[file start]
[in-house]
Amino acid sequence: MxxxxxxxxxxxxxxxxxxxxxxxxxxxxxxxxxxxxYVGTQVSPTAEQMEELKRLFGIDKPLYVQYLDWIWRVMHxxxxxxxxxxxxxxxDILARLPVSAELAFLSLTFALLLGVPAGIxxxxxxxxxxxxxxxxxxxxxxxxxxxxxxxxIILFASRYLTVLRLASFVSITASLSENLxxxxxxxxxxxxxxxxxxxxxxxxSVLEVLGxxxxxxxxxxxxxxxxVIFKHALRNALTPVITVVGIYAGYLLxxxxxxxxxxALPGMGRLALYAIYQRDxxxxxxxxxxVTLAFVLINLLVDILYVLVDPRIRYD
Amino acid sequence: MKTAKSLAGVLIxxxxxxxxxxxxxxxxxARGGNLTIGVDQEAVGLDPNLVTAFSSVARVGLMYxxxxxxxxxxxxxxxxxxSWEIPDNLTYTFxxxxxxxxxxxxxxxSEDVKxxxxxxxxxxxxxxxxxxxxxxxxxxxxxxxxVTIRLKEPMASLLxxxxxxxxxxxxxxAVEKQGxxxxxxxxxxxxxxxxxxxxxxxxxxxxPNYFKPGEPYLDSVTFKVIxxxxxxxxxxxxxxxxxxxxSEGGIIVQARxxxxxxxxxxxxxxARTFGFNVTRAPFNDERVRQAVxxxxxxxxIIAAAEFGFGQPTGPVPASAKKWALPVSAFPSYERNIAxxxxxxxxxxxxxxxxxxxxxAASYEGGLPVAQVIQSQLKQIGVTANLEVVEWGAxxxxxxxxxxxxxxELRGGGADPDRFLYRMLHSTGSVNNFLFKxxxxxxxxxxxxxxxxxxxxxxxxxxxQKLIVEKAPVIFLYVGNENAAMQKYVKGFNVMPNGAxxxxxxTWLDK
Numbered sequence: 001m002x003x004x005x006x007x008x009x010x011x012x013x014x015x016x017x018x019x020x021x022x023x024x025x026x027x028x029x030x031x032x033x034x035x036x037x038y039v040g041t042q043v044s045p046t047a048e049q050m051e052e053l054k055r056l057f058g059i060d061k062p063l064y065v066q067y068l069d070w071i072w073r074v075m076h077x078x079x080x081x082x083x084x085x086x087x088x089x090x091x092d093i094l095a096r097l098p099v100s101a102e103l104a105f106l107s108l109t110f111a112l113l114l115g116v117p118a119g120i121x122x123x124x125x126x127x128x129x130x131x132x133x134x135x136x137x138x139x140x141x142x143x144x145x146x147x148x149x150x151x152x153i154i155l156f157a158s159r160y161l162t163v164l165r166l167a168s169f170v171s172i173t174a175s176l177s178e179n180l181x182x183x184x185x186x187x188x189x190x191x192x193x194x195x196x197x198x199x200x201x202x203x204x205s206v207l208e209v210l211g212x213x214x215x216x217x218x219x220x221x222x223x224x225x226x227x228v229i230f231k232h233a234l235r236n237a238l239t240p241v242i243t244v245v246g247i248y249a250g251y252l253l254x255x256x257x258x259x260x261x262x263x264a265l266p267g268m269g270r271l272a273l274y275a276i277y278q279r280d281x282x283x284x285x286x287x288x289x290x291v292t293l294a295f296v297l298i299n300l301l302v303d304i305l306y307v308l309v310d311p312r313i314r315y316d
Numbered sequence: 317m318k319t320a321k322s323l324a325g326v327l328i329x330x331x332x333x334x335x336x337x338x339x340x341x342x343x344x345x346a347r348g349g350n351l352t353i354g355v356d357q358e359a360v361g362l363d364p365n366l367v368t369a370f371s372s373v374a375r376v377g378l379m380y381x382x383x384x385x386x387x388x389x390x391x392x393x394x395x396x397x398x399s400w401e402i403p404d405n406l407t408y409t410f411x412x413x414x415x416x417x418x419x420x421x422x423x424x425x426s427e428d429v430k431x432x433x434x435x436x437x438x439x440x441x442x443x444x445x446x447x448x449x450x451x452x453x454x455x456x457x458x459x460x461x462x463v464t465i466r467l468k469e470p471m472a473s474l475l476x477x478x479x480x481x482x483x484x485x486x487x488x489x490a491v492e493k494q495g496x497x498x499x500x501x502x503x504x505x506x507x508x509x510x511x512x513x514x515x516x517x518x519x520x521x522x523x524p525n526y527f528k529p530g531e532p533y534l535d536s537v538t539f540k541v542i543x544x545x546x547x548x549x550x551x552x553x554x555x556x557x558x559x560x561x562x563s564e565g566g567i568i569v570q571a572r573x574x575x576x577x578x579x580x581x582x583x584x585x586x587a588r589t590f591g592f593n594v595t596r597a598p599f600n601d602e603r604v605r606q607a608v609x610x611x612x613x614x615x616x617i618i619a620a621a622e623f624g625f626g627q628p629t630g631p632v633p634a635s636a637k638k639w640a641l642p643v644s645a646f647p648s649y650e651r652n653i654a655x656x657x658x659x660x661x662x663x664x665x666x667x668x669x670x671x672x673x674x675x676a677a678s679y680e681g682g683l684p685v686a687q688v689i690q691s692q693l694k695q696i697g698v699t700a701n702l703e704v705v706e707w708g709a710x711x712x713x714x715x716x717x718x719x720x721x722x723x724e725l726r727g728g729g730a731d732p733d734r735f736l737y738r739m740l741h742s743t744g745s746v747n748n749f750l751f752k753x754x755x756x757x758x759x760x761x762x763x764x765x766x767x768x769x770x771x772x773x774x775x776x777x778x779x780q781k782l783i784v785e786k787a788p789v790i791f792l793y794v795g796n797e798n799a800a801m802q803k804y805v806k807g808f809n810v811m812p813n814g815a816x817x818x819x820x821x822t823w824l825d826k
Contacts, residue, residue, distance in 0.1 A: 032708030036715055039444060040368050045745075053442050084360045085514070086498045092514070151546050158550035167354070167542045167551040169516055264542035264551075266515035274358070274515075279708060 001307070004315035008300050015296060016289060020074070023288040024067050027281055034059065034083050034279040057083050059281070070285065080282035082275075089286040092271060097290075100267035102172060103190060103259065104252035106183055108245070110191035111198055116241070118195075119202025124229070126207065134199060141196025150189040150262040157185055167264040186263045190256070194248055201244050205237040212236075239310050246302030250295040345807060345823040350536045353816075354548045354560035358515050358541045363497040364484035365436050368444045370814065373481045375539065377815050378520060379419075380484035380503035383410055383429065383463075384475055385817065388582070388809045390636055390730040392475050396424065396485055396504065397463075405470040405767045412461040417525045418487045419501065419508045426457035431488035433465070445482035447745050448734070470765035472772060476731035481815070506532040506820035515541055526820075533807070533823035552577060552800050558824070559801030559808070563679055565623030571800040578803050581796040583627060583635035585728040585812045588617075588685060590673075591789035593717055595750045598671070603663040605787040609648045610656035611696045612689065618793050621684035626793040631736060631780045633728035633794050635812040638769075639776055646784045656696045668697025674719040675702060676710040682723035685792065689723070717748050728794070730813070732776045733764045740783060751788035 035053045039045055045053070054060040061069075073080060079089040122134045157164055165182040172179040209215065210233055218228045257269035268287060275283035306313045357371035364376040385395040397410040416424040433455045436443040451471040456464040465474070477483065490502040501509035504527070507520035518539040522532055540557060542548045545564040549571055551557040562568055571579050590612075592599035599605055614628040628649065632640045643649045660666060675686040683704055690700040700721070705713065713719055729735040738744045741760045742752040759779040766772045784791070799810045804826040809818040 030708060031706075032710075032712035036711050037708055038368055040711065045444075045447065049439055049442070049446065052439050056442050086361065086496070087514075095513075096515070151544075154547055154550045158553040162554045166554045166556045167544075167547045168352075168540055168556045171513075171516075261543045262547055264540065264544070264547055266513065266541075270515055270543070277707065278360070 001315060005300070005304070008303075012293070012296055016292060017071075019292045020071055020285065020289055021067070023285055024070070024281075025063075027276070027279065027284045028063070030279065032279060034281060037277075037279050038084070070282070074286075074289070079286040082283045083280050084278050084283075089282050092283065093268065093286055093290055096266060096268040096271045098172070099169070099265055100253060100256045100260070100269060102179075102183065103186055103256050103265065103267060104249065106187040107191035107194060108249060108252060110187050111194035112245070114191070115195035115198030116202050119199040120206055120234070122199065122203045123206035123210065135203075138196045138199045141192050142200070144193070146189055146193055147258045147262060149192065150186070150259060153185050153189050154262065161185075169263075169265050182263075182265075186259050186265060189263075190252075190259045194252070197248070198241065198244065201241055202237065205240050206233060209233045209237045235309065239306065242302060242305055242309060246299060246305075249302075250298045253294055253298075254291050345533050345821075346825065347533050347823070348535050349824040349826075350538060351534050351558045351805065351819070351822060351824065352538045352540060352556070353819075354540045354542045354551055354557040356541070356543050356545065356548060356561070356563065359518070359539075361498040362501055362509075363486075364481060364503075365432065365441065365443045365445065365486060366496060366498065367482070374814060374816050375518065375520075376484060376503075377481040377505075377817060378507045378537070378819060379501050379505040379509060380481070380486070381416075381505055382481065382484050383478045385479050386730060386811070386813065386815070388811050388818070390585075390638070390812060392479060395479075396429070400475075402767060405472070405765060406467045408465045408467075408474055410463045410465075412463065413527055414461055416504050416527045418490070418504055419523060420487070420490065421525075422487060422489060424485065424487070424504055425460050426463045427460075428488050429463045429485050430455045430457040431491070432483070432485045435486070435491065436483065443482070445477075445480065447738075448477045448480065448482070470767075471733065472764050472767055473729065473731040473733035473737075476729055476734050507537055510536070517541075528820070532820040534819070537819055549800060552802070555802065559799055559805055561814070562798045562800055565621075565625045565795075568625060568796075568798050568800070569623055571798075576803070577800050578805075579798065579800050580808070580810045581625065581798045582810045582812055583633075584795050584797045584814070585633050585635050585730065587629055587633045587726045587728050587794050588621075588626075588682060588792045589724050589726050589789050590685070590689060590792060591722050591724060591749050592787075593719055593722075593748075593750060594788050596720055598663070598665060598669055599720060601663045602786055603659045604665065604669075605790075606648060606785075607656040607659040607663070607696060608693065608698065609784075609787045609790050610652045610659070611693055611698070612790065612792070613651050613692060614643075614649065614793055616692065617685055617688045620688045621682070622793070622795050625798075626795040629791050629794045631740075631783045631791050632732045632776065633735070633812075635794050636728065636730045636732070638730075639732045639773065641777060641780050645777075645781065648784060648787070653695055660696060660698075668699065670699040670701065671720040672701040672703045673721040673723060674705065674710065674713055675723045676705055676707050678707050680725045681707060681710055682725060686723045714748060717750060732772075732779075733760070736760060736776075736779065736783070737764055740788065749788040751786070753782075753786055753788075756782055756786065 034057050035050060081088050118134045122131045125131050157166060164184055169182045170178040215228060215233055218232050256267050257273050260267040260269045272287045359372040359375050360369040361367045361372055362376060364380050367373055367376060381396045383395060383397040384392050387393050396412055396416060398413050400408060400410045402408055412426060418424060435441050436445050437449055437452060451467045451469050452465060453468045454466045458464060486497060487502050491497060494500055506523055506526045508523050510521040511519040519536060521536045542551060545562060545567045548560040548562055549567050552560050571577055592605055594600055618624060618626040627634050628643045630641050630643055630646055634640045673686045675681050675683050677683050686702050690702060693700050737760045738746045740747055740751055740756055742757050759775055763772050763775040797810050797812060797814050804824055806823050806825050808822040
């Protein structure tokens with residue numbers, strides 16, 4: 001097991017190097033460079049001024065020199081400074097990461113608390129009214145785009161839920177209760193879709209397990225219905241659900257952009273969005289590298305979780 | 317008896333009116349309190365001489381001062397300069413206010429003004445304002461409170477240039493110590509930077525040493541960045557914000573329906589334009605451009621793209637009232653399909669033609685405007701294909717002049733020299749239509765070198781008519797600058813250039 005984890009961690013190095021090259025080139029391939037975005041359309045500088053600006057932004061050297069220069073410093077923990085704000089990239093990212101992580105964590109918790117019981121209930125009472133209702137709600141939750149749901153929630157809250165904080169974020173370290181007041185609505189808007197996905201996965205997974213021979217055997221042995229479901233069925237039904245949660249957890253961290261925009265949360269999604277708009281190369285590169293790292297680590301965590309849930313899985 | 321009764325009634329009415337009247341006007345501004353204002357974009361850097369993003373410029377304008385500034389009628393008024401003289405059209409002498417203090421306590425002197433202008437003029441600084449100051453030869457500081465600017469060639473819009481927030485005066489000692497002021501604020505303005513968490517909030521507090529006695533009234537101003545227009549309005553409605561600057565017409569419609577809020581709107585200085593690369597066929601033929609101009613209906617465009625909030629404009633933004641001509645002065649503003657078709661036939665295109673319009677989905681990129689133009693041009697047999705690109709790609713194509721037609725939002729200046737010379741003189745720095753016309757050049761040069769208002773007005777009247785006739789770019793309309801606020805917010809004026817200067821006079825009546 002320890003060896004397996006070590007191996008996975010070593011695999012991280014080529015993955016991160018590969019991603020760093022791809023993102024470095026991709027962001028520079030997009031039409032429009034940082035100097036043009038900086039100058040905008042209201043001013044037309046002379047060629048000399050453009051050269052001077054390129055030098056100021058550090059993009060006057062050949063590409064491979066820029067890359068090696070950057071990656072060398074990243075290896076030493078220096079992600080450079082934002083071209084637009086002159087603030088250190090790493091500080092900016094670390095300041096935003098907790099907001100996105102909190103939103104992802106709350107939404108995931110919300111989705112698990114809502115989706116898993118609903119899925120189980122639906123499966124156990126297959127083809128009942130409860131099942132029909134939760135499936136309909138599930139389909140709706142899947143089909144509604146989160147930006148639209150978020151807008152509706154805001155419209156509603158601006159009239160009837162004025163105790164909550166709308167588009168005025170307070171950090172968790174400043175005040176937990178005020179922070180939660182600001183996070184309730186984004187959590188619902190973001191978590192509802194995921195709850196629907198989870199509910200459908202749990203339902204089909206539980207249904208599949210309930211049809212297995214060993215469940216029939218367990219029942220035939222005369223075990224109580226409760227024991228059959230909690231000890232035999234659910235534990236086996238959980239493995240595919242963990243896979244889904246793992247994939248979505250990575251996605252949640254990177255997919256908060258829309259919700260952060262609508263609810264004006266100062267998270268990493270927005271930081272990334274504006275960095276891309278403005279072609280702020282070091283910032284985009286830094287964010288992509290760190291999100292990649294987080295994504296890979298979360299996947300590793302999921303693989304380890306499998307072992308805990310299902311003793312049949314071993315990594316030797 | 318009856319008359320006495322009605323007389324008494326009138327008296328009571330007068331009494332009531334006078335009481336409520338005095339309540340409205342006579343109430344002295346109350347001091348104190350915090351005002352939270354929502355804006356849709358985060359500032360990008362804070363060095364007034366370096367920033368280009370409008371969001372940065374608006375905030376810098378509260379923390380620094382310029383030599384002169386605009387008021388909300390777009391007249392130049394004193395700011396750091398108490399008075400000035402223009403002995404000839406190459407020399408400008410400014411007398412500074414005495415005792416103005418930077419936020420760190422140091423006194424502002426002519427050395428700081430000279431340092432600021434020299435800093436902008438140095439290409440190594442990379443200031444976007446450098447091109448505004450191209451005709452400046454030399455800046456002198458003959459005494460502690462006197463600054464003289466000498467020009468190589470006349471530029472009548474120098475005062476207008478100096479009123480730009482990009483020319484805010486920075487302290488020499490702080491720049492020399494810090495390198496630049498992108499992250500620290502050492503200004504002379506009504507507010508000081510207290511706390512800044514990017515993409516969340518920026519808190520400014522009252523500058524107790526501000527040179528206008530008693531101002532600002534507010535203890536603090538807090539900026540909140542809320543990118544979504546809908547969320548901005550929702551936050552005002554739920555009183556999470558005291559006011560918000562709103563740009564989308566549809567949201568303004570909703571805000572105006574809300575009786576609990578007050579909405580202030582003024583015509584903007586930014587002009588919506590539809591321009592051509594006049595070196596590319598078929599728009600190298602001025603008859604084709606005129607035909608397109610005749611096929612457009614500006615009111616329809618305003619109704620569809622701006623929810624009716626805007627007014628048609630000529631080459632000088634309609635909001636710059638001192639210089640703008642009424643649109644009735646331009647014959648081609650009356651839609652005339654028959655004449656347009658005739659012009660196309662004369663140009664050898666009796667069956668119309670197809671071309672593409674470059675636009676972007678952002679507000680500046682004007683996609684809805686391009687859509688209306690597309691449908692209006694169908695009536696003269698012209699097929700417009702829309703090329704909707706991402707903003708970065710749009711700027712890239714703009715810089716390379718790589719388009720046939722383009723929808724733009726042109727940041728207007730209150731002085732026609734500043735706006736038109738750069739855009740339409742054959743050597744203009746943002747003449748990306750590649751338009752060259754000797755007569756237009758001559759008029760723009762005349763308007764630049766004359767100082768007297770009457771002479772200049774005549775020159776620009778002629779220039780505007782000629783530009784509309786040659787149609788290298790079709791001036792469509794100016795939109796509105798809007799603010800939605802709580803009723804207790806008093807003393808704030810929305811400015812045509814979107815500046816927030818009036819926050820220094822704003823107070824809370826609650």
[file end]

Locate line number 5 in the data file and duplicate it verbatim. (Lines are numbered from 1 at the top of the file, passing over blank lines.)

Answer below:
Numbered sequence: 317m318k319t320a321k322s323l324a325g326v327l328i329x330x331x332x333x334x335x336x337x338x339x340x341x342x343x344x345x346a347r348g349g350n351l352t353i354g355v356d357q358e359a360v361g362l363d364p365n366l367v368t369a370f371s372s373v374a375r376v377g378l379m380y381x382x383x384x385x386x387x388x389x390x391x392x393x394x395x396x397x398x399s400w401e402i403p404d405n406l407t408y409t410f411x412x413x414x415x416x417x418x419x420x421x422x423x424x425x426s427e428d429v430k431x432x433x434x435x436x437x438x439x440x441x442x443x444x445x446x447x448x449x450x451x452x453x454x455x456x457x458x459x460x461x462x463v464t465i466r467l468k469e470p471m472a473s474l475l476x477x478x479x480x481x482x483x484x485x486x487x488x489x490a491v492e493k494q495g496x497x498x499x500x501x502x503x504x505x506x507x508x509x510x511x512x513x514x515x516x517x518x519x520x521x522x523x524p525n526y527f528k529p530g531e532p533y534l535d536s537v538t539f540k541v542i543x544x545x546x547x548x549x550x551x552x553x554x555x556x557x558x559x560x561x562x563s564e565g566g567i568i569v570q571a572r573x574x575x576x577x578x579x580x581x582x583x584x585x586x587a588r589t590f591g592f593n594v595t596r597a598p599f600n601d602e603r604v605r606q607a608v609x610x611x612x613x614x615x616x617i618i619a620a621a622e623f624g625f626g627q628p629t630g631p632v633p634a635s636a637k638k639w640a641l642p643v644s645a646f647p648s649y650e651r652n653i654a655x656x657x658x659x660x661x662x663x664x665x666x667x668x669x670x671x672x673x674x675x676a677a678s679y680e681g682g683l684p685v686a687q688v689i690q691s692q693l694k695q696i697g698v699t700a701n702l703e704v705v706e707w708g709a710x711x712x713x714x715x716x717x718x719x720x721x722x723x724e725l726r727g728g729g730a731d732p733d734r735f736l737y738r739m740l741h742s743t744g745s746v747n748n749f750l751f752k753x754x755x756x757x758x759x760x761x762x763x764x765x766x767x768x769x770x771x772x773x774x775x776x777x778x779x780q781k782l783i784v785e786k787a788p789v790i791f792l793y794v795g796n797e798n799a800a801m802q803k804y805v806k807g808f809n810v811m812p813n814g815a816x817x818x819x820x821x822t823w824l825d826k